I’ve been reading EVERYTHING I KNOW ABOUT BEING A GIRL I LEARNED FROM JUDY BLUME, edited by Jennifer O’Connell (who writes for adults in that name and young adults as Jenny O’Connell). Which, so far, has been kind of disappointing. Many of the essays — despite some notable exceptions — are almost astonishingly poorly written (considering they’re all written by professional novelists — though not, I suppose, essayists), and most are oddly didactic as well.
In that last vein, the most peculiar that I’ve read so far has got to be Jennifer Coburn’s meditation on “White Guilt,” ostensibly about Blume’s IGGY’S HOUSE. After a plot summary of that book, most of the essay consists of Coburn assuring us many, many, many times that her efforts to prove herself the most enlightened and anti-racist white person ever were misguided and condescending… and actually, I do respect her willingness to recount some of her more unfortunate activities in this regard.
It’s possible I would have judged the essay as a whole more charitably had it not explained early on that Coburn’s New York City upbringing suffered no lack of diversity; after all, as a sixteen-year-old she once shared a cab with a “Middle Eastern dignitary.” …Seriously. It’s the kind of statement that you feel must be intended as irony or satire, except surrounded as it is by more normally earnest statements about the ethnic mix at her schools, I think it’s… not.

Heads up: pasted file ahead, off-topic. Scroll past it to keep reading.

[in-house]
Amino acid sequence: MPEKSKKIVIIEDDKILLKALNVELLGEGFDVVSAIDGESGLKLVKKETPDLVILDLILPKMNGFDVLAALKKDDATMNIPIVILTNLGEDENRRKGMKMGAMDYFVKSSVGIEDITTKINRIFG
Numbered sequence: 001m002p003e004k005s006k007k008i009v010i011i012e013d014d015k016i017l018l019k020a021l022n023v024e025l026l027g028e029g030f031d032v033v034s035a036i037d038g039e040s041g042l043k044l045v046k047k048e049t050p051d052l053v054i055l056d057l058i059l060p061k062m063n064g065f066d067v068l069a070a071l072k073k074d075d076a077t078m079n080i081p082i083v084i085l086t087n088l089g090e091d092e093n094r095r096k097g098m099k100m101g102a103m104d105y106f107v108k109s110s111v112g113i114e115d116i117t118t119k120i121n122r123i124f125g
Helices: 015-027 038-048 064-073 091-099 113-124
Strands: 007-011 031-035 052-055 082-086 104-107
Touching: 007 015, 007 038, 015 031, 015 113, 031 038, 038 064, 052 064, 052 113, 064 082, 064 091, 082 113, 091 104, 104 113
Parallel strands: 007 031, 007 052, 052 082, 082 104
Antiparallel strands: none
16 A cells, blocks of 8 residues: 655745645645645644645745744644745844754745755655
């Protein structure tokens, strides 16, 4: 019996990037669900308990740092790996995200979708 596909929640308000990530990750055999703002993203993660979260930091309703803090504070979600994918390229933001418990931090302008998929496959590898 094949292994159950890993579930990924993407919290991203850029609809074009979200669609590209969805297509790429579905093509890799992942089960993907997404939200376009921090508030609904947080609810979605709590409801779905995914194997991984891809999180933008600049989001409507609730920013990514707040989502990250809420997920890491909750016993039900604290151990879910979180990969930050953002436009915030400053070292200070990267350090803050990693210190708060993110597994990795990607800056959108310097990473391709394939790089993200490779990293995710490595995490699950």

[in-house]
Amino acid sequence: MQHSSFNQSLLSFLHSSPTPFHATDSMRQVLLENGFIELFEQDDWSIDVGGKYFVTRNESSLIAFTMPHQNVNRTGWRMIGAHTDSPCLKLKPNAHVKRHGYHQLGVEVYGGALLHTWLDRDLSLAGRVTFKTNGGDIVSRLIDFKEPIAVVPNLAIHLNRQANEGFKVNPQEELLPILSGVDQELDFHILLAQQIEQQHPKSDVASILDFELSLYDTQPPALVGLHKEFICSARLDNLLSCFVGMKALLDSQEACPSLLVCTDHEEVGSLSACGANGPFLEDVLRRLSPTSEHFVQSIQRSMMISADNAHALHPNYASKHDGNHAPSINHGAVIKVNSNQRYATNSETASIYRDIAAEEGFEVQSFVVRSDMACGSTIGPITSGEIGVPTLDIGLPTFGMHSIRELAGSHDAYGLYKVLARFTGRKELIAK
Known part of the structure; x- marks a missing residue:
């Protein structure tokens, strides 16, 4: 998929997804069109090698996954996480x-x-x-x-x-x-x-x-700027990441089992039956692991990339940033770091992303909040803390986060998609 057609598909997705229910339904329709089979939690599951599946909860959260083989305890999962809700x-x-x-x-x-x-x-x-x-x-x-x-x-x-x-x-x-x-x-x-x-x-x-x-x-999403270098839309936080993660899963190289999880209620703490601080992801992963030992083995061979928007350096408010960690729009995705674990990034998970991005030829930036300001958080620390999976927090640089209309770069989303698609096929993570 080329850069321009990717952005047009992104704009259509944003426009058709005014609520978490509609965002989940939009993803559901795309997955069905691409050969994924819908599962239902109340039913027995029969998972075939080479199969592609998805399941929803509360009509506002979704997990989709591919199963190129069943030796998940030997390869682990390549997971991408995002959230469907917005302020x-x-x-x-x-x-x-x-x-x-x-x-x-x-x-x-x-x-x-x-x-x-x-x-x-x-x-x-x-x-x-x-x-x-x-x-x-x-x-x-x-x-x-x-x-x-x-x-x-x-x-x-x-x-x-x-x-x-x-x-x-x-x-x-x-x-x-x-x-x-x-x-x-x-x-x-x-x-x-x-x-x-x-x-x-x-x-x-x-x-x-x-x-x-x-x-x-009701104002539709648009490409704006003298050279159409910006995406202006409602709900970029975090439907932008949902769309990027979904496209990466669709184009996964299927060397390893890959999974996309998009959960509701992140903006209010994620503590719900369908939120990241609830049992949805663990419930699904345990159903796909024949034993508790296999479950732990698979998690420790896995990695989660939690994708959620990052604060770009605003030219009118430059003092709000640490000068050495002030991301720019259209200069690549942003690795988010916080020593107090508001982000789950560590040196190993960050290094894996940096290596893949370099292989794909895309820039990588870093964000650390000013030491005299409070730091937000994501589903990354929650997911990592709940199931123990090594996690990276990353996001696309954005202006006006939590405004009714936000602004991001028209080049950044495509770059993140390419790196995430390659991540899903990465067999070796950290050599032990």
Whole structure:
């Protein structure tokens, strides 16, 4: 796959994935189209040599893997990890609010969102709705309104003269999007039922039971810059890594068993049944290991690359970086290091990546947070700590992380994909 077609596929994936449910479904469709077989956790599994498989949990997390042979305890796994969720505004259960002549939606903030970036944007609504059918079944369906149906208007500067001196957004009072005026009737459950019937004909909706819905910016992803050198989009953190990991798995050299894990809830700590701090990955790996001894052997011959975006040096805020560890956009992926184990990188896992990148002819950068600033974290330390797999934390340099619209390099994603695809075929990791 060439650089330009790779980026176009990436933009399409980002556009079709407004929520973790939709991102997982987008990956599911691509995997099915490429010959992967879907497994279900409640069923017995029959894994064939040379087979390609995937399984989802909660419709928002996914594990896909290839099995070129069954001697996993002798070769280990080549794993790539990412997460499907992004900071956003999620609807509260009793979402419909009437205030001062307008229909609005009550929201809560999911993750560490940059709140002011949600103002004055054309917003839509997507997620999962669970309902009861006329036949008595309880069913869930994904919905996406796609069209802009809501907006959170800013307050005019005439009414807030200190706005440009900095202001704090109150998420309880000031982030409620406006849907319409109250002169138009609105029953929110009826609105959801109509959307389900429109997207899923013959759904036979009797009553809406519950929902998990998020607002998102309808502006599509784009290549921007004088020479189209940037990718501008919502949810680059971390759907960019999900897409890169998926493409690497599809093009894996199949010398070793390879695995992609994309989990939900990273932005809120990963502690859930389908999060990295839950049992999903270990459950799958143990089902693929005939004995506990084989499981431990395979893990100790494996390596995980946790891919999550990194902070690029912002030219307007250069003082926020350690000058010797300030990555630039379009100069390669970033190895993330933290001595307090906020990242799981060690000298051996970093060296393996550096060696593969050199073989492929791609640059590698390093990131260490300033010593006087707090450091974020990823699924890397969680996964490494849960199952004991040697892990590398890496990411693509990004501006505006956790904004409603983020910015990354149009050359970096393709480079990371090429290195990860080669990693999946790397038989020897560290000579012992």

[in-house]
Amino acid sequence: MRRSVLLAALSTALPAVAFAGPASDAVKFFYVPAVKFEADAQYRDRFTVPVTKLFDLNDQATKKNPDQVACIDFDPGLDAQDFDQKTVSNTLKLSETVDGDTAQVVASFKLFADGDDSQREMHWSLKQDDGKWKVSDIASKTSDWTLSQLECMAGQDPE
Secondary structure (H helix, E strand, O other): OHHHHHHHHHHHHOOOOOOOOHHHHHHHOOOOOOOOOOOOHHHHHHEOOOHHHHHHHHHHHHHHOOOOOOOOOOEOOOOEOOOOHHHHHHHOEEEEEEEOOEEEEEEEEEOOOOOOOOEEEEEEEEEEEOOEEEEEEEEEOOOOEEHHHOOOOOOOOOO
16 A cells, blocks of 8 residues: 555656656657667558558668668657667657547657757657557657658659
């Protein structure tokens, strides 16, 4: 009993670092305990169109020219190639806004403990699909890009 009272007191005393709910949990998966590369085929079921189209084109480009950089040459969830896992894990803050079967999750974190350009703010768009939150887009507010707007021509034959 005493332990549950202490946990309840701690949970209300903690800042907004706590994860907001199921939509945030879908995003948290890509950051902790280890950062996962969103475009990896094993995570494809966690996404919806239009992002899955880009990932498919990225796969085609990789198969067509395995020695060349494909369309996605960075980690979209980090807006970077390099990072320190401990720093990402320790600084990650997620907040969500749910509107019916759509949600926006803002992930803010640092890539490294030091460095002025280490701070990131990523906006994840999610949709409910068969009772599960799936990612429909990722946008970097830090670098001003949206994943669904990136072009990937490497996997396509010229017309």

The essay as a whole mostly just made me sad: here’s someone who’s obviously quite horrified by racism; we’re in a country where 1 in 15 Black men are in prison or jail and where the Black middle class is perhaps being obliterated, and the (published!) preoccupations of an anti-racist are… this?
One thing I am enjoying about EVERYTHING I LEARNED, though, is seeing some variety in what in Blume’s work spoke to folks. There’s a particular example that struck me, which, now that I’ve puzzled over Coburn’s essay for a lot longer than I expected, will have to be taken up in my next post…